journal = "Medicine and science in sports and exercise",
issn = "0195-9131",
number = "6",

}

Effect of incremental test protocol on the lactate minimum speed. / Carter, Helen; Jones, Andrew M.; Doust, Jonathan.

In: Medicine and science in sports and exercise, Vol. 31, No. 6, 30.06.1999, p. 837-845.

Research output: Contribution to journalArticle

TY - JOUR

T1 - Effect of incremental test protocol on the lactate minimum speed

AU - Carter, Helen

AU - Jones, Andrew M.

AU - Doust, Jonathan

PY - 1999/6/30

Y1 - 1999/6/30

N2 - PURPOSE The purpose of this study was to investigate the effect of altering the initial running speed (RS) in the incremental portion of the lactate minimum test on the lactate minimum speed (LMS). METHODS Eight well-trained endurance runners (mean +/- SD age 29.0 +/- 5.4 yr, body mass 72.0 +/- 5.6 kg, VO2max 63.1 +/- 3.8 mL x kg(-1) min(-1)) completed a standard incremental treadmill test for the assessment of the lactate threshold (LT) and VO2max, and eight lactate minimum tests. Following a period of supramaximal exercise, subjects were allowed 8 min of recovery to allow blood [lactate] to peak. Subjects then undertook eight randomly-assigned incremental treadmill tests from different initial running speeds (3.0, 2.5, 2.0, 1.5, 1.0, and 0.5 km x h(-1) below the predetermined RS-LT, at the RS-LT, and at 1.0 km x h(-1) above the RS-LT) with RS increased by 1.0 km x h(-1) every 5 min until volitional fatigue. Blood samples for the determination of blood [lactate] were taken at the end of each stage and the LMS was determined by fitting a spline function to the data. RESULTS No LMS could be determined for the two highest initial RS conditions. For the other conditions, the LMS was significantly affected by the initial RS used in the incremental test and varied from 13.8 +/- 0.7 km x h(-1) with an initial RS of 3.0 km x h(-1) below the RS-LT, to 15.8 +/- 0.8 km x h(-1) with an initial RS of 0.5 km x h(-1) below the RS-LT. The LMS was significantly different from the RS-LT (15.4 +/- 0.8 km x h(-1)) (P < 0.05), except when the incremental test started at 1.0 or 1.5 km x h(-1) below the RS-LT. CONCLUSIONS These results suggest that the LMS test is not a valid method for estimation of the LT since it is profoundly influenced by the starting speed selected for the incremental portion of the test.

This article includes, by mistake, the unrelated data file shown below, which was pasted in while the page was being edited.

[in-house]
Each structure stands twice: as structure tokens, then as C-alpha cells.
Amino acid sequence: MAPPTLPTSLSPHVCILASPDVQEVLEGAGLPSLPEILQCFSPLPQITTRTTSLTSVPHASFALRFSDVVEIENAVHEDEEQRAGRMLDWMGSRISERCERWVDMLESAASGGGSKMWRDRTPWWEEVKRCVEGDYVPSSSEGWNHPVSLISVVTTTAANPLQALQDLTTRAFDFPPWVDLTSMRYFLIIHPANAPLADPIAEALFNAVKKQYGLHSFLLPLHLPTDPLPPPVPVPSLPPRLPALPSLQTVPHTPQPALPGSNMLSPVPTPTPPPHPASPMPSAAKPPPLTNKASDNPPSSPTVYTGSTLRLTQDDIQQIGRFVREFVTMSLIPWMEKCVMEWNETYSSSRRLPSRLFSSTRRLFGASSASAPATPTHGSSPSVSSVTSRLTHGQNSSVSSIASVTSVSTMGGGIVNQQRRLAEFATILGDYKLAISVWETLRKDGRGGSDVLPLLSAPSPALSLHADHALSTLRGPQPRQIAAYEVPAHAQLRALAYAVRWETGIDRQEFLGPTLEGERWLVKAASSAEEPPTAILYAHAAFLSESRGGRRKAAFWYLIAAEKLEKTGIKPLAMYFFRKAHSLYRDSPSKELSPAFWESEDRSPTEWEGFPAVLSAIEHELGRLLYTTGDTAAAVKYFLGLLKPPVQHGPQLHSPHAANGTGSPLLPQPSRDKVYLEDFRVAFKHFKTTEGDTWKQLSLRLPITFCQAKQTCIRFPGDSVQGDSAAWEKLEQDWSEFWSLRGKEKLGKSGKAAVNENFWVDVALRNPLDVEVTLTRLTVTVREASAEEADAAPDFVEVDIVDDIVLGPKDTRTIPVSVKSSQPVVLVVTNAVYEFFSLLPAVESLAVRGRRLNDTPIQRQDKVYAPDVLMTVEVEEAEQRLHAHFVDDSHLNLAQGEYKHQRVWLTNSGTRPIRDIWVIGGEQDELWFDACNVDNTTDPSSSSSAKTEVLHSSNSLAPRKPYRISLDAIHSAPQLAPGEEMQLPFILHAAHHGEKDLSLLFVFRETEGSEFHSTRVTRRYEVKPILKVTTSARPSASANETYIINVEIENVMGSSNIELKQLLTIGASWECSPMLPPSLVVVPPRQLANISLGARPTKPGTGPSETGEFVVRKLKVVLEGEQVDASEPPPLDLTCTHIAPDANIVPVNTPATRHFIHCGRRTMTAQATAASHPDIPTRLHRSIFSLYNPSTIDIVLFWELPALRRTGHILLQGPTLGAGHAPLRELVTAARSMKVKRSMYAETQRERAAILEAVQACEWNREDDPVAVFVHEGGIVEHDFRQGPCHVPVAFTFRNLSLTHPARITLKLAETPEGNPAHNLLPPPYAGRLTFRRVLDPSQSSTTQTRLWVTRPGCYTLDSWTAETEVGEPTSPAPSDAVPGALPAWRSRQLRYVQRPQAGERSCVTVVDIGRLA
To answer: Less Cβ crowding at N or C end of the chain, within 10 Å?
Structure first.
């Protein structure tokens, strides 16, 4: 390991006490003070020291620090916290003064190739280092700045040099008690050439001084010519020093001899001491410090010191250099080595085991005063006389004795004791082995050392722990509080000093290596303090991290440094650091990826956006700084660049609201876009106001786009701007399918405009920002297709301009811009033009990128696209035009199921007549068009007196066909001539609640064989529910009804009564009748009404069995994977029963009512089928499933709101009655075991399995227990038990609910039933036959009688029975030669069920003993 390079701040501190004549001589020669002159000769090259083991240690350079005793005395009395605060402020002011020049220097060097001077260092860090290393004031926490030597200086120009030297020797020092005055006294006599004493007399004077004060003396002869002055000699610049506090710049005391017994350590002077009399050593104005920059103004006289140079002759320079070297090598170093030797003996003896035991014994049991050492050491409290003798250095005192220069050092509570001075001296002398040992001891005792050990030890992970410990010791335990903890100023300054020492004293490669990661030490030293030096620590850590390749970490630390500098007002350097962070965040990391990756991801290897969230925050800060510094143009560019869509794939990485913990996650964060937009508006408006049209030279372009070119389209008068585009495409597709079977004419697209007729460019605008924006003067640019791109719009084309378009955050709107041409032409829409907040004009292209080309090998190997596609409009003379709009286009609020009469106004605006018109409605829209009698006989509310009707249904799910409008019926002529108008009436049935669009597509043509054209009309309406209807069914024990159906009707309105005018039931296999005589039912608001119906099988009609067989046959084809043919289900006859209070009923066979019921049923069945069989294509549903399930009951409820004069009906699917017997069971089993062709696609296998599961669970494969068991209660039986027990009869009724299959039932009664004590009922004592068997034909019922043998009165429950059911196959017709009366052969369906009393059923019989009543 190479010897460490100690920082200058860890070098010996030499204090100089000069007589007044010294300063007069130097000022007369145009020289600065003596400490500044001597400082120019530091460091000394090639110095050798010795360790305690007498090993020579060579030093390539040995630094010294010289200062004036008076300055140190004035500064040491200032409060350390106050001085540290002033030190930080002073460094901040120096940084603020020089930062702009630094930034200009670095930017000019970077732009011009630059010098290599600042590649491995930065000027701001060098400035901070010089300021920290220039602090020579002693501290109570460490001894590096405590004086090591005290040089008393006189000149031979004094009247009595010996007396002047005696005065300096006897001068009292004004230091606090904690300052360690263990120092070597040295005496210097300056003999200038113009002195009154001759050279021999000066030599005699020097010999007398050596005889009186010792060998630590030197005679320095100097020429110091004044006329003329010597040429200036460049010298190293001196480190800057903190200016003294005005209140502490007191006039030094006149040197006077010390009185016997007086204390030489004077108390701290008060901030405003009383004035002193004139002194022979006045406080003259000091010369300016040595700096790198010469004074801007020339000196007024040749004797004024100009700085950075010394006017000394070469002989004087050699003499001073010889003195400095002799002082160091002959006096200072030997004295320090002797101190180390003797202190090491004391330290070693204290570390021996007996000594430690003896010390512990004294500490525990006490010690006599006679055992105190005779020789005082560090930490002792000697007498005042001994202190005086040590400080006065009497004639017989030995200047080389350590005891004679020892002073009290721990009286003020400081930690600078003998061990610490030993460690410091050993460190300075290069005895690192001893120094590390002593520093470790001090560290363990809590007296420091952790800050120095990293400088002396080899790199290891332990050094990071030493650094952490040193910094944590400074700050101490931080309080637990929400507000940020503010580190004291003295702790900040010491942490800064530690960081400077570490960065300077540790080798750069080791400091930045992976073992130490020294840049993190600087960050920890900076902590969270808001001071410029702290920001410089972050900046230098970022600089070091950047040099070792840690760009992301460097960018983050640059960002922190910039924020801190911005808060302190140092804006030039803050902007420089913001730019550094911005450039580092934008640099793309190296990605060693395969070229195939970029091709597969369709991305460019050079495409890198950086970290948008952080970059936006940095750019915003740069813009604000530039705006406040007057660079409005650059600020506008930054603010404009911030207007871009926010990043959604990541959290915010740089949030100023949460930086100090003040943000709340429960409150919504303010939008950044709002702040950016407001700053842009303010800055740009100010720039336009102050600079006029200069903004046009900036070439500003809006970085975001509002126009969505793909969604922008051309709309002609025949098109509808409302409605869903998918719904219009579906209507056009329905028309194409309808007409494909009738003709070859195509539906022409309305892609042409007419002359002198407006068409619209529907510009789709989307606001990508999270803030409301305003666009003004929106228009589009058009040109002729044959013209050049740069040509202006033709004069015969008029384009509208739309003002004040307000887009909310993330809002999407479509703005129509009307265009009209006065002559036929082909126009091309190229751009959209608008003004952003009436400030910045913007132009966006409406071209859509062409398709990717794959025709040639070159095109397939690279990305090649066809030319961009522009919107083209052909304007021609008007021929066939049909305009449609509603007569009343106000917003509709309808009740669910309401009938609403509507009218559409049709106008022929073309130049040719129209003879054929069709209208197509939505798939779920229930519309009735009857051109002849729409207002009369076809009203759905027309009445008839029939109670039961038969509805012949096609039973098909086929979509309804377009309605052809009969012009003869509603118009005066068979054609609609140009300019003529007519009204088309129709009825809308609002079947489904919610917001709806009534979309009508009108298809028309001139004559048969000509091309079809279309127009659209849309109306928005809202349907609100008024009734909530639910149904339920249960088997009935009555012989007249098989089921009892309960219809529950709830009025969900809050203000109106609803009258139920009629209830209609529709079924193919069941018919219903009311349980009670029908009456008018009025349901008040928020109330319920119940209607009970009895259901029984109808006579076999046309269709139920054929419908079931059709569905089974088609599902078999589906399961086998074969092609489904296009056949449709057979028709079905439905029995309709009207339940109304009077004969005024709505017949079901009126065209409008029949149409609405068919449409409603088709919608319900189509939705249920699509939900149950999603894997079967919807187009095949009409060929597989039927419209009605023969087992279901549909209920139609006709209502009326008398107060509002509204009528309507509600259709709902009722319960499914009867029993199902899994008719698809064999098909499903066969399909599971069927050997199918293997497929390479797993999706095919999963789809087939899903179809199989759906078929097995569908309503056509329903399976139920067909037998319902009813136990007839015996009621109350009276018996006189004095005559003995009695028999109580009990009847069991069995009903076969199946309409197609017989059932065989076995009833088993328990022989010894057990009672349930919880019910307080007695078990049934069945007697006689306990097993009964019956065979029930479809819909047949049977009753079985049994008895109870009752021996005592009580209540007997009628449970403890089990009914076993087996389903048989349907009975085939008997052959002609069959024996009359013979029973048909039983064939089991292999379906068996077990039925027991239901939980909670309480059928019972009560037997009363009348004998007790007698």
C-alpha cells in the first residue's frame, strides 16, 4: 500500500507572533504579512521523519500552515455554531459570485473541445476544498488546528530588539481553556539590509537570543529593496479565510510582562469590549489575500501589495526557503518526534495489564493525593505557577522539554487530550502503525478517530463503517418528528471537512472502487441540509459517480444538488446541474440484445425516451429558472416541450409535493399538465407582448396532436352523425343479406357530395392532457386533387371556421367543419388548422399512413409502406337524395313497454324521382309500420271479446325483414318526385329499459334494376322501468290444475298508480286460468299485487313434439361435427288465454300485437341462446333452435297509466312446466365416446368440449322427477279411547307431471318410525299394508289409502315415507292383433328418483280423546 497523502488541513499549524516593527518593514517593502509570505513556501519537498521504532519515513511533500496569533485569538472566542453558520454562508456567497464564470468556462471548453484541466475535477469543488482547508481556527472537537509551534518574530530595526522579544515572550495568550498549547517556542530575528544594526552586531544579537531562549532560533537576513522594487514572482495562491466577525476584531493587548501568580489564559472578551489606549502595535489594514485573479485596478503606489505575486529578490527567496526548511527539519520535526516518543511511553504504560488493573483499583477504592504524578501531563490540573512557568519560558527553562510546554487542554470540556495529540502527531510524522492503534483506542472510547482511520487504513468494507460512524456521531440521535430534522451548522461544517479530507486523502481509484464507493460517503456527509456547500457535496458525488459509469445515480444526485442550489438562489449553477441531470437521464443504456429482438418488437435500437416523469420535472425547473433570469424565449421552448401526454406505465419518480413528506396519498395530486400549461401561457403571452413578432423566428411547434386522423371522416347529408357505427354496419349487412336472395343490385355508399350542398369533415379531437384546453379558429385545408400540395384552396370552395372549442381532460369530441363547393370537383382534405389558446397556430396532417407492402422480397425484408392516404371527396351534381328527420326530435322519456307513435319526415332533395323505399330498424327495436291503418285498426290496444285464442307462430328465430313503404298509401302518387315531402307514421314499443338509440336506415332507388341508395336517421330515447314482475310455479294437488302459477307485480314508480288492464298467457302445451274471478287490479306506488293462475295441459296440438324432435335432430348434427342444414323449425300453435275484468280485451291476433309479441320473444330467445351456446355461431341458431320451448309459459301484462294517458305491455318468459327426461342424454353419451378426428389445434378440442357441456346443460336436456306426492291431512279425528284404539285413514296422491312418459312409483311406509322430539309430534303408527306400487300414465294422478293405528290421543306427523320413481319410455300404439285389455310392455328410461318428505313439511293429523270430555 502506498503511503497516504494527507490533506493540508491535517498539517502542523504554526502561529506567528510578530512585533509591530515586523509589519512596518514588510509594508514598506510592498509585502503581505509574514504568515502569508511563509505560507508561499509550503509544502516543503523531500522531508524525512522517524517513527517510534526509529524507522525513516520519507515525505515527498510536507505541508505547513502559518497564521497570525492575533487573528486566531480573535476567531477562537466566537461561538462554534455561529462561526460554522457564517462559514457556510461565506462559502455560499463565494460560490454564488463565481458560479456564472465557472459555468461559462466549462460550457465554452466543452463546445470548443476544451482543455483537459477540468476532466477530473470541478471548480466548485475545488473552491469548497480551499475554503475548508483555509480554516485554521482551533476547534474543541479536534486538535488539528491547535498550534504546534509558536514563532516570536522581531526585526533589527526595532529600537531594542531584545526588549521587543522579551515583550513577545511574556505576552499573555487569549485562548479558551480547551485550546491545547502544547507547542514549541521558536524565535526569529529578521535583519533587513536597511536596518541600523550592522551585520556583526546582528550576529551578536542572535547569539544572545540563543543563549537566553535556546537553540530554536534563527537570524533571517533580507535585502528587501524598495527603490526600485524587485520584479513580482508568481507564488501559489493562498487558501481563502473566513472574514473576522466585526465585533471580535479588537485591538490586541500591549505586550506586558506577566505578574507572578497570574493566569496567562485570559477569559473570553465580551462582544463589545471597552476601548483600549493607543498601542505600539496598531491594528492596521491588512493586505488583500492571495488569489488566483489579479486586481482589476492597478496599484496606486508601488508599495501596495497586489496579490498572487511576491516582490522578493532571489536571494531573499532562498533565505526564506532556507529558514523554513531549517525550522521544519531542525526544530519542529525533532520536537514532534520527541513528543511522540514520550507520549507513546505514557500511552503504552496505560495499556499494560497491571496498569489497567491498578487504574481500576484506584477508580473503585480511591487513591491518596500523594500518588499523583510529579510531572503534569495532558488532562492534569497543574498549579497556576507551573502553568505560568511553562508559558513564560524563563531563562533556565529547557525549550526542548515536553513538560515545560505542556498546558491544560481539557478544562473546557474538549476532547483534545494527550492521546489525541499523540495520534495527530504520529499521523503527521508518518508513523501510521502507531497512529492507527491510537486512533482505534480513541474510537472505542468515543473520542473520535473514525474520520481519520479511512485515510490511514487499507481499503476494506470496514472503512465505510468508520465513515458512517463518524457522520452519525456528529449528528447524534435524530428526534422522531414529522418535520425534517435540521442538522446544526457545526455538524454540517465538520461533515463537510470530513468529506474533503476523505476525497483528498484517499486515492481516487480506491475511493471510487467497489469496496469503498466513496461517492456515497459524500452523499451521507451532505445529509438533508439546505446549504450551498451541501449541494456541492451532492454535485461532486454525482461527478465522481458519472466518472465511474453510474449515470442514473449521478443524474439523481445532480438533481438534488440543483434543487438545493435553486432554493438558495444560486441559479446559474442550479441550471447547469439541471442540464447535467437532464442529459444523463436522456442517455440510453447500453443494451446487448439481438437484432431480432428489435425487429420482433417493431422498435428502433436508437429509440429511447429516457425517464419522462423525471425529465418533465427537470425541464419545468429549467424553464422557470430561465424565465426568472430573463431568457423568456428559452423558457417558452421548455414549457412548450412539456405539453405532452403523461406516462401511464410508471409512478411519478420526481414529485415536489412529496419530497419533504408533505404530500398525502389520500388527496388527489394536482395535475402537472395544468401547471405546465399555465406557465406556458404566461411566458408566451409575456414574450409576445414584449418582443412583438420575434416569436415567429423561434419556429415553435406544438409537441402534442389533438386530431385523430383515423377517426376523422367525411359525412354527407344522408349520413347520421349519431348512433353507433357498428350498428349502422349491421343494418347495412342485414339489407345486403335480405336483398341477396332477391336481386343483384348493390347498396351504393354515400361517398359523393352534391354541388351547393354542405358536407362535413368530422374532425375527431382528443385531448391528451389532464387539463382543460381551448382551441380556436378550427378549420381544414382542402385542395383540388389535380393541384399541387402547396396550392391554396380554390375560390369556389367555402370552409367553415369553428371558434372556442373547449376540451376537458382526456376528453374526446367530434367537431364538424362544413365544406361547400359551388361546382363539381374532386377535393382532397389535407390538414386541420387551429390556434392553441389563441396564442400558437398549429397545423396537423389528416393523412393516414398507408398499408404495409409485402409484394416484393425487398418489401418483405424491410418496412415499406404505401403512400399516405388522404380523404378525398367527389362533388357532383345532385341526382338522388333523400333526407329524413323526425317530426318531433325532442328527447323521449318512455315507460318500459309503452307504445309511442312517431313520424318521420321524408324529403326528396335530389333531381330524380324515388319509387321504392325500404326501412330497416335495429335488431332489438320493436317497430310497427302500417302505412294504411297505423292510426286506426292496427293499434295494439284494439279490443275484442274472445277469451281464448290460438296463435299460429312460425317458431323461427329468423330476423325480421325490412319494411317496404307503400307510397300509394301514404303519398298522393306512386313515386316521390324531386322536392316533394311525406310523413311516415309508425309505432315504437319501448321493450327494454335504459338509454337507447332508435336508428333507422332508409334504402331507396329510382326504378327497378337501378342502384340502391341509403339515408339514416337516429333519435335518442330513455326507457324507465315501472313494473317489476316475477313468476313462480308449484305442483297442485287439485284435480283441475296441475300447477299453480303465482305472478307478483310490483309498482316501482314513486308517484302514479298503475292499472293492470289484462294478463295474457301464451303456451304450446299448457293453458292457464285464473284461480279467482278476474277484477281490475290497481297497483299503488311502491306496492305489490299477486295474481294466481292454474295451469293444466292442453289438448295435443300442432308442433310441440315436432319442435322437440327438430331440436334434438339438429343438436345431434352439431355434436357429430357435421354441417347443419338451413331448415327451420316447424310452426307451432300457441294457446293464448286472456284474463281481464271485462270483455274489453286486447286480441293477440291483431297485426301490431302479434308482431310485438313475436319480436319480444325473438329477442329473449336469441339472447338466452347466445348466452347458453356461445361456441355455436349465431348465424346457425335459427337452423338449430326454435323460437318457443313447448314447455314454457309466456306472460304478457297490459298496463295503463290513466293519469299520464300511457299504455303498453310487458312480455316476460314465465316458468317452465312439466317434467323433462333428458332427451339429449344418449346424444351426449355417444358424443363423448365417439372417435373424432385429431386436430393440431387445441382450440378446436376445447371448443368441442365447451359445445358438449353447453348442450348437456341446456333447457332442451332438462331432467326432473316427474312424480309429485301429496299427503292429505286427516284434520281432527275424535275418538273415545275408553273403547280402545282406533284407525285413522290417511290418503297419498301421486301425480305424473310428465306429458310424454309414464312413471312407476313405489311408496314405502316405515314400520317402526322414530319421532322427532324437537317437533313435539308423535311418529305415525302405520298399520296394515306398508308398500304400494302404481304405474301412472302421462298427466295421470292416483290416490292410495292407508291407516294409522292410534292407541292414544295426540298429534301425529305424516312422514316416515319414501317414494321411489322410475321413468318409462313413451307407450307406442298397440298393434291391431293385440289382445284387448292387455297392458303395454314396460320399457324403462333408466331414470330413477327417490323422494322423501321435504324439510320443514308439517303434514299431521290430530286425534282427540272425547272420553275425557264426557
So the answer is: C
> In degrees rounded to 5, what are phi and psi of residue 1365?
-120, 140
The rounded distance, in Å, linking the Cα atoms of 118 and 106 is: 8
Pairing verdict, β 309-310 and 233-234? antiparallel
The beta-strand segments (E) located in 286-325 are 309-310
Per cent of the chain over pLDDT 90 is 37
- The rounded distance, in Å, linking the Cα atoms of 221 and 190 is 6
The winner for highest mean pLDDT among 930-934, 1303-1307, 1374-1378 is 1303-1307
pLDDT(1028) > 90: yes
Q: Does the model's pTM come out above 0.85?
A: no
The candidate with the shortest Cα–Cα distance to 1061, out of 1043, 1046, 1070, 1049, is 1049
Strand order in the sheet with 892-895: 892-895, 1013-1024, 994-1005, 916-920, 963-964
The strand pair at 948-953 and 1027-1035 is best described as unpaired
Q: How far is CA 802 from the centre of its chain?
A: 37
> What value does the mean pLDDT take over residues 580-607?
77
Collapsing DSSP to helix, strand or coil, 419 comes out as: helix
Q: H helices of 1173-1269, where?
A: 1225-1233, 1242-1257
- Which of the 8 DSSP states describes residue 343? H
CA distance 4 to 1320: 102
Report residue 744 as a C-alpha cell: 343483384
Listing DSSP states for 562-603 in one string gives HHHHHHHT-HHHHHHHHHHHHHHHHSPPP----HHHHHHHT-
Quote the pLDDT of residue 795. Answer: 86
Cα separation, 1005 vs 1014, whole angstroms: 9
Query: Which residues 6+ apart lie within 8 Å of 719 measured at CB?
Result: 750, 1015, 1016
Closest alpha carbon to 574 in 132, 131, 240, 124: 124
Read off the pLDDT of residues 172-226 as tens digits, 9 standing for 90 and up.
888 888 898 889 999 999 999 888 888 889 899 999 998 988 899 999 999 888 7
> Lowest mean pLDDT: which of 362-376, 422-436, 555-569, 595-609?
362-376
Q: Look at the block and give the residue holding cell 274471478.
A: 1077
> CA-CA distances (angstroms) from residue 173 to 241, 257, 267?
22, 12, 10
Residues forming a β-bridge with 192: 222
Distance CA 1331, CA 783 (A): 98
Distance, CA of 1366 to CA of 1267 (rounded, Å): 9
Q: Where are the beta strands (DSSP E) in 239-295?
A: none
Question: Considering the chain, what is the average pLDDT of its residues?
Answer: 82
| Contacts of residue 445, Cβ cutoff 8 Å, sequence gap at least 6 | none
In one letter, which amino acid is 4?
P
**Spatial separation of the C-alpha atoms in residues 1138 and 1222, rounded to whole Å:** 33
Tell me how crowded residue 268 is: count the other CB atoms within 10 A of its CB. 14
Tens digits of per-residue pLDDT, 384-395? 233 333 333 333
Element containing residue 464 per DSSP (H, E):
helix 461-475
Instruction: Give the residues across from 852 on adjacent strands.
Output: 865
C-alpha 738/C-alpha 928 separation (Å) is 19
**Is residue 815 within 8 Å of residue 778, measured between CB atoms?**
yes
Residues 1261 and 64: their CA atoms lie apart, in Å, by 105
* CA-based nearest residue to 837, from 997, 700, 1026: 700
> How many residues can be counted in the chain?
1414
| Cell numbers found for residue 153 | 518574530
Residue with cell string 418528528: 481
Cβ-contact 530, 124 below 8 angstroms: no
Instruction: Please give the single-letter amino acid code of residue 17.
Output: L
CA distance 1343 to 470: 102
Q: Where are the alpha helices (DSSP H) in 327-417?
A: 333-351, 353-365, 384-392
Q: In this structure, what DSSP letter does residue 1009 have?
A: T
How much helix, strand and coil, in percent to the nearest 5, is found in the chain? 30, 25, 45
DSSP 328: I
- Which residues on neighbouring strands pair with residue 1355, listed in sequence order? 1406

AB - PURPOSE The purpose of this study was to investigate the effect of altering the initial running speed (RS) in the incremental portion of the lactate minimum test on the lactate minimum speed (LMS). METHODS Eight well-trained endurance runners (mean +/- SD age 29.0 +/- 5.4 yr, body mass 72.0 +/- 5.6 kg, VO2max 63.1 +/- 3.8 mL x kg(-1) min(-1)) completed a standard incremental treadmill test for the assessment of the lactate threshold (LT) and VO2max, and eight lactate minimum tests. Following a period of supramaximal exercise, subjects were allowed 8 min of recovery to allow blood [lactate] to peak. Subjects then undertook eight randomly-assigned incremental treadmill tests from different initial running speeds (3.0, 2.5, 2.0, 1.5, 1.0, and 0.5 km x h(-1) below the predetermined RS-LT, at the RS-LT, and at 1.0 km x h(-1) above the RS-LT) with RS increased by 1.0 km x h(-1) every 5 min until volitional fatigue. Blood samples for the determination of blood [lactate] were taken at the end of each stage and the LMS was determined by fitting a spline function to the data. RESULTS No LMS could be determined for the two highest initial RS conditions. For the other conditions, the LMS was significantly affected by the initial RS used in the incremental test and varied from 13.8 +/- 0.7 km x h(-1) with an initial RS of 3.0 km x h(-1) below the RS-LT, to 15.8 +/- 0.8 km x h(-1) with an initial RS of 0.5 km x h(-1) below the RS-LT. The LMS was significantly different from the RS-LT (15.4 +/- 0.8 km x h(-1)) (P < 0.05), except when the incremental test started at 1.0 or 1.5 km x h(-1) below the RS-LT. CONCLUSIONS These results suggest that the LMS test is not a valid method for estimation of the LT since it is profoundly influenced by the starting speed selected for the incremental portion of the test.

M3 - Article

VL - 31

SP - 837

EP - 845

JO - Medicine and science in sports and exercise

JF - Medicine and science in sports and exercise

SN - 0195-9131

IS - 6

ER -